Defiance: The Cord and the Ax review

Defiance just surpasses our expectations every week. Here's our review of "The Cord and the Ax."

The pacing of these first three episodes of Defiance has been flawless! Slow but satisfying progression has kept my interest on all story arcs equally, and none of the characters have been needlessly obtuse. No annoying caricatures either, which is surprising given my expectations for the Earth Republic villains. The writers are to be commended!

And that’s even taking into account Datak’s early release from Camp Reverie, which was sooner than expected but brought a welcome resolution to a potentially stale situation. The obligatory weekly bath scene was a masterful Godfather-esque alternative to the musical montage Defiance occasionally indulges in. The conditions of his release also give me great joy: he must protect Doc Yewll as she continues her incomprehensible Indogene research on behalf of Pottinger. Something tells me, though, that both Yewll and Datak will manipulate the situation to their own benefit.

Not everyone is in control, though. Alak’s moment of triumph upon discovering that Christie is pregnant is marred by Rafe’s warning against any “gangster crap.” His guilt over the death of Skeever may help him with the new female DJ in the Arch, but few others are impressed with his reluctant brutality. His visit to Datak in prison makes it clear he’s not cut out to lead the family business, and his narrow focus on the profits leads to Datak’s realization that Stahma is actually steering things.

But who cares about Skeever dying when Bertie, beloved Liberata housekeeper to the McCawley family, and Sukar, the most badass Irathient on the show, have been murdered by Irisa at Irzu’s command? Irisa’s attempts to avoid her debt, both by handcuffing herself and taking a shotgun to her chin, are completely ineffectual. But the flashbacks to the Votan progenitor ship gives the first indications that Irzu is not the angel of death she initially appeared to be. I am really looking forward to see what the not-so-dead-after-all servants of Irzu do at the culmination of Irzu’s plans.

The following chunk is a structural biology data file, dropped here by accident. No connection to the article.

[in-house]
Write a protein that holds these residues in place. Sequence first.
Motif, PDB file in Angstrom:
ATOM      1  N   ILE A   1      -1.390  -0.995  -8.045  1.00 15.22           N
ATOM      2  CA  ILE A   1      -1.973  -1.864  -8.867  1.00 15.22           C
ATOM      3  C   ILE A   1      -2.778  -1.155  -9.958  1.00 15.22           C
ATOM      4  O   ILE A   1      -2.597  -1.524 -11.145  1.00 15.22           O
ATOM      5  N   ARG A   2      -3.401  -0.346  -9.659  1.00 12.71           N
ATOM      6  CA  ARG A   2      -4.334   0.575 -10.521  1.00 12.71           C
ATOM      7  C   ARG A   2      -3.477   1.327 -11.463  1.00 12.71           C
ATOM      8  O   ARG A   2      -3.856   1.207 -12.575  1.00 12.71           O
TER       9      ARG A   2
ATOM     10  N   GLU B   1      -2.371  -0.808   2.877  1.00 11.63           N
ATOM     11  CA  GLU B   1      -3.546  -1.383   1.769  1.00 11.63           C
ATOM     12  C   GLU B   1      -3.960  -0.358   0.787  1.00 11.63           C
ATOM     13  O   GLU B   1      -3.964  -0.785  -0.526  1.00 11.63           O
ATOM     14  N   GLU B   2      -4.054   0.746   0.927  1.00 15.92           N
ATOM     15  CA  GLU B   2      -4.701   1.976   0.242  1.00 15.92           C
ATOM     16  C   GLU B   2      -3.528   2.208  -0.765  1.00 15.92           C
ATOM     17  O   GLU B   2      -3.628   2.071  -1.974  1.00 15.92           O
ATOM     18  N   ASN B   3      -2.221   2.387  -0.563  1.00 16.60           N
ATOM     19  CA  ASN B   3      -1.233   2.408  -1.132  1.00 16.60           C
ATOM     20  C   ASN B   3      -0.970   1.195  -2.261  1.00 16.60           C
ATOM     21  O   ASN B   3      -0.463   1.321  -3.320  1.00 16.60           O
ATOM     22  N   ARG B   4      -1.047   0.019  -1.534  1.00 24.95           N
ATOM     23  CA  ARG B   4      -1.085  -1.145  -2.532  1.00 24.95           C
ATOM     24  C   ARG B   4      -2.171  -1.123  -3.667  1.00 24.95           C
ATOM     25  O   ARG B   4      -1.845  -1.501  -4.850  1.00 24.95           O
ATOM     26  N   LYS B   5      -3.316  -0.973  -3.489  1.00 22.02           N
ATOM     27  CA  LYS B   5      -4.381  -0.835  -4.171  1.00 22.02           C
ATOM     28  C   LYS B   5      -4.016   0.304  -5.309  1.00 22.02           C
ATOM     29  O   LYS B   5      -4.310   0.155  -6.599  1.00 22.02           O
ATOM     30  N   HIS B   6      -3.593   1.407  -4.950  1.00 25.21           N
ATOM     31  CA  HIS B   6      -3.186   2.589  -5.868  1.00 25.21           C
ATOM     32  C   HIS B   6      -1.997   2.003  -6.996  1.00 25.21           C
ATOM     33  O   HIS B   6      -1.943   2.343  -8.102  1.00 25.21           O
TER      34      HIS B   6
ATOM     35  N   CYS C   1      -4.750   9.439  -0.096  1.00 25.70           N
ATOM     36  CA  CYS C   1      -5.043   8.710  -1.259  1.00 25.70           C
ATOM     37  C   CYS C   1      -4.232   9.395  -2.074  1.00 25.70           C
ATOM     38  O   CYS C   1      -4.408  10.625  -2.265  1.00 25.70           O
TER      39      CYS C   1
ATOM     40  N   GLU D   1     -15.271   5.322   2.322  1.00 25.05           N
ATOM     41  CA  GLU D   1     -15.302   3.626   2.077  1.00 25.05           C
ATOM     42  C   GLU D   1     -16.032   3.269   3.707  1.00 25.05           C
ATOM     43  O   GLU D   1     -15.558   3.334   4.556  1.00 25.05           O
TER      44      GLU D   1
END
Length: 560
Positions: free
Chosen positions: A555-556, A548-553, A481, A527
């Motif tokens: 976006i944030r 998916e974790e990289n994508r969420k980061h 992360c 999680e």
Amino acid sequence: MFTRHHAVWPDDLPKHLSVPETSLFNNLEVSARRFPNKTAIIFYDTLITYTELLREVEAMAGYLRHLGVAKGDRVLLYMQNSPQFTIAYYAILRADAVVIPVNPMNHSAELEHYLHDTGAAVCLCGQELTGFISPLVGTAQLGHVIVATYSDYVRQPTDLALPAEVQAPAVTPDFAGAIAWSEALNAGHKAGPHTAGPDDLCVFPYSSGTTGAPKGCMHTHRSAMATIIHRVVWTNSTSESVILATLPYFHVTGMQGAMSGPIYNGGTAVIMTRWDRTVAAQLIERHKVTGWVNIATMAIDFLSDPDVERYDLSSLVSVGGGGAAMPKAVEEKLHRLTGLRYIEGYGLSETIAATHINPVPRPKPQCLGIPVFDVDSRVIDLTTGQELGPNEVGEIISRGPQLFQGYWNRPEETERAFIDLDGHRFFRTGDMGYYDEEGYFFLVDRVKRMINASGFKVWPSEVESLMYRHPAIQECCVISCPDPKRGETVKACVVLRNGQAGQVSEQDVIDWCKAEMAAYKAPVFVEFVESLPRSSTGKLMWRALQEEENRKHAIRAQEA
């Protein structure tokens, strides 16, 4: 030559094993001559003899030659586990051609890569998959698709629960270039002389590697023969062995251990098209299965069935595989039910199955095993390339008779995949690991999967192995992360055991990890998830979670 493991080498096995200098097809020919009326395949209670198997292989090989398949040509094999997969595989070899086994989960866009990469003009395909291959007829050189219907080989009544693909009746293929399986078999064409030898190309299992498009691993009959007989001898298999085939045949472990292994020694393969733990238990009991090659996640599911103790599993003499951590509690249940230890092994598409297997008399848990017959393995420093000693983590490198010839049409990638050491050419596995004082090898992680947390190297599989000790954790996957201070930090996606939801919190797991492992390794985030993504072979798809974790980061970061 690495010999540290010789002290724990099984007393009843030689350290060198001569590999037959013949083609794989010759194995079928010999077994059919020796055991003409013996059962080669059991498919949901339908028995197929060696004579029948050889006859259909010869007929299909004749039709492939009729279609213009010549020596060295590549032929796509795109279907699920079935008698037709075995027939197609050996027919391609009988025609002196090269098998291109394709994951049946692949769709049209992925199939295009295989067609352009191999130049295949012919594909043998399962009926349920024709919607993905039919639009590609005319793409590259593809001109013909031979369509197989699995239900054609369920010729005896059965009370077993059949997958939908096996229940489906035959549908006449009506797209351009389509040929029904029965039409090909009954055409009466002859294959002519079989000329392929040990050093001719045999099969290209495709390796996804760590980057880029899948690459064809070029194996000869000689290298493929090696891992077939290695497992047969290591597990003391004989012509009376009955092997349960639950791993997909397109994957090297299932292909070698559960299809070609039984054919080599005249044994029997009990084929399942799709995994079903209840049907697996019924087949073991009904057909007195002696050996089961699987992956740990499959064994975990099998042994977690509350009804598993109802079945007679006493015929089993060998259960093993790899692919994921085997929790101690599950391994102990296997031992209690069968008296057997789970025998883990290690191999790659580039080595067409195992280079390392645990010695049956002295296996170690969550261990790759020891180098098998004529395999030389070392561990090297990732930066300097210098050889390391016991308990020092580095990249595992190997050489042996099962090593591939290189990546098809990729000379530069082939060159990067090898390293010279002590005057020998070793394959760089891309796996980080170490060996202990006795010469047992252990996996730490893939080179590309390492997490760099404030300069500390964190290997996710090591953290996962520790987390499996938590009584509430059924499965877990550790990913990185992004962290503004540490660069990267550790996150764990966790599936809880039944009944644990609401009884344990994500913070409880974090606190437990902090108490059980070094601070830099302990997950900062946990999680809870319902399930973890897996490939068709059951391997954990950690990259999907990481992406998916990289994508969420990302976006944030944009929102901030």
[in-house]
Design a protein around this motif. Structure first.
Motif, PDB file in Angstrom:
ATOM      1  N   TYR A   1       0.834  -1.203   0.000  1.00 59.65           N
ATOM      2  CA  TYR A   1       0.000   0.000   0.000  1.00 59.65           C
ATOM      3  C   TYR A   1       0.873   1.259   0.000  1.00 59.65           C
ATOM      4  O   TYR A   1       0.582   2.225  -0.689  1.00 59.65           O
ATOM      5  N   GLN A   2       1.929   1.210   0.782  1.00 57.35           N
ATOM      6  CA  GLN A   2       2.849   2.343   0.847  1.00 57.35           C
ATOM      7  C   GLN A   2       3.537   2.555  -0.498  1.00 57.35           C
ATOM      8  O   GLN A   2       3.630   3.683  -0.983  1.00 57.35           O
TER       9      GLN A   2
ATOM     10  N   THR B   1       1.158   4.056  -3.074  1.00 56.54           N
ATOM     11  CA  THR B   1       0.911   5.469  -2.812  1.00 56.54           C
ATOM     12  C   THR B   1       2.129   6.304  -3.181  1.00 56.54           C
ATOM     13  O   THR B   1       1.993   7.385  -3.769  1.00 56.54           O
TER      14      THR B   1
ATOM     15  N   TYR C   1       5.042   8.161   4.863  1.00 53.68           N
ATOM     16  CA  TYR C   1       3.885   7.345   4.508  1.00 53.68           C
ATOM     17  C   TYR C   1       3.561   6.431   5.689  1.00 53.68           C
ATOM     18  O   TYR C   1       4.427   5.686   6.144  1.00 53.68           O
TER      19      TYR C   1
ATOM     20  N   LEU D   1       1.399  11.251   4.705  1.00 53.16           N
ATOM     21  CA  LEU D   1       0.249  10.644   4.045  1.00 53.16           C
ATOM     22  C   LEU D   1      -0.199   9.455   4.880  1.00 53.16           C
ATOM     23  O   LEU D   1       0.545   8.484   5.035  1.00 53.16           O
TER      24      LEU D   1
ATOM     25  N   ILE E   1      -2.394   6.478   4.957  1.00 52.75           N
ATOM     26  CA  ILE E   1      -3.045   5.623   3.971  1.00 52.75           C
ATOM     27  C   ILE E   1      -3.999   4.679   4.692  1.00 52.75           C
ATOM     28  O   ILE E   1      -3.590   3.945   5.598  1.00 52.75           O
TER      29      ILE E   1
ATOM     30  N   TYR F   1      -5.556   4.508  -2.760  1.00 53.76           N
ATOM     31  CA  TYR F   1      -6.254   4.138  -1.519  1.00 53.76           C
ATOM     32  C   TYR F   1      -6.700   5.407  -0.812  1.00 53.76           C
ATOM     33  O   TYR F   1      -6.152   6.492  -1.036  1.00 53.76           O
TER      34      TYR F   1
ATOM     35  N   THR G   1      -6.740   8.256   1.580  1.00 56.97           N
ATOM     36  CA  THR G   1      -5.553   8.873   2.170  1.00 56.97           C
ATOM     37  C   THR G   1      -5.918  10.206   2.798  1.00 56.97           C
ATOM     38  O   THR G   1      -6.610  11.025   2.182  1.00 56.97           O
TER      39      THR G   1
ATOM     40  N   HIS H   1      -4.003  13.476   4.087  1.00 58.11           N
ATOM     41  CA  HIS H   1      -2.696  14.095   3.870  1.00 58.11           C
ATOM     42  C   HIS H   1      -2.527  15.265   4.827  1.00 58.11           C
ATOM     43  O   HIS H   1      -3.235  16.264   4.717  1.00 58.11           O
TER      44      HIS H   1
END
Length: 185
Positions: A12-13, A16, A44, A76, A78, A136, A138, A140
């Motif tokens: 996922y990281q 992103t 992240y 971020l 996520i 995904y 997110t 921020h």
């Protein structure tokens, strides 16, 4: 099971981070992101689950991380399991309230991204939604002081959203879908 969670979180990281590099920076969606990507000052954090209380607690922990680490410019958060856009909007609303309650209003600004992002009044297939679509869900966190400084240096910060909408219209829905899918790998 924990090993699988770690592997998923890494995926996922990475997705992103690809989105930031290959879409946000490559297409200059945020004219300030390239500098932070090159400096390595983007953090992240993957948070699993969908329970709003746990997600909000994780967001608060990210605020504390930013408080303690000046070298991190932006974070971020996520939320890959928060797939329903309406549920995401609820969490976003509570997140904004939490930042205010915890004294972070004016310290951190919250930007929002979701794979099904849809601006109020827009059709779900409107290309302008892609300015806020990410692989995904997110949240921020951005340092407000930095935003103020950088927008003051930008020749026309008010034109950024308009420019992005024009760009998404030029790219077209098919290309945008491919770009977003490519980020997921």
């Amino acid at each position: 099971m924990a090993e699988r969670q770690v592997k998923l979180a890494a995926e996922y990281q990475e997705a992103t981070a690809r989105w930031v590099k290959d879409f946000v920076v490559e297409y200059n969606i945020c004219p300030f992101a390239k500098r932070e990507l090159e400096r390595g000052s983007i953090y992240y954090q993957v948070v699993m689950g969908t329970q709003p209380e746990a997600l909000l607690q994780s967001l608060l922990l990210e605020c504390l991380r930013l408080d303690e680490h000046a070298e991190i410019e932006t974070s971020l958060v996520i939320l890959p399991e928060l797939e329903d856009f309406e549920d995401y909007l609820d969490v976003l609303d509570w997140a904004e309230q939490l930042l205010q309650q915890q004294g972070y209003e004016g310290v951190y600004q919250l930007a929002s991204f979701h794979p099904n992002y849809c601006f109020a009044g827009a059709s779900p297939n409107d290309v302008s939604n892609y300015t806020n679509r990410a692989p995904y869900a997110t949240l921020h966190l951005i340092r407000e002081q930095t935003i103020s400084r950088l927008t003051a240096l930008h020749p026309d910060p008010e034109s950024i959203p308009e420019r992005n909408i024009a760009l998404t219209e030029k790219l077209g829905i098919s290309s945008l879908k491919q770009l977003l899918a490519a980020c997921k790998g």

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And I love that Nolan isn’t fooled by Irisa’s secrets. Even when his eyes tell him unequivocally that Bertie is alive after all, he knows the Liberata blood on her wraps means something. Nolan clearly doesn’t like Irisa keeping things from him, and who can blame him for seeking solace in the bottle and the adreno-addled arms of Amanda? I can’t help but wonder, though, why Pottinger bothered telling Nolan about his interest in Amanda when his cameras clearly tell him what Amanda’s predilections are.

The show sneaks in other tantalizing details, too, like Irisa chatting casually with Berlin about Tommy and Stahma blithely discussing Kenya, whom she killed at the end of last season, with Amanda. I’m also enjoying the music this season, which has featured contextual (and sometimes Votan) lyrics with familiar tunes and musical genres.

This episode had just the right touch for each character and didn’t burden us with a “crime of the week,” much to its credit. If Defiance stays on this path, the show will win big points with me and many fans of serial sci-fi. Great stuff!

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5 out of 5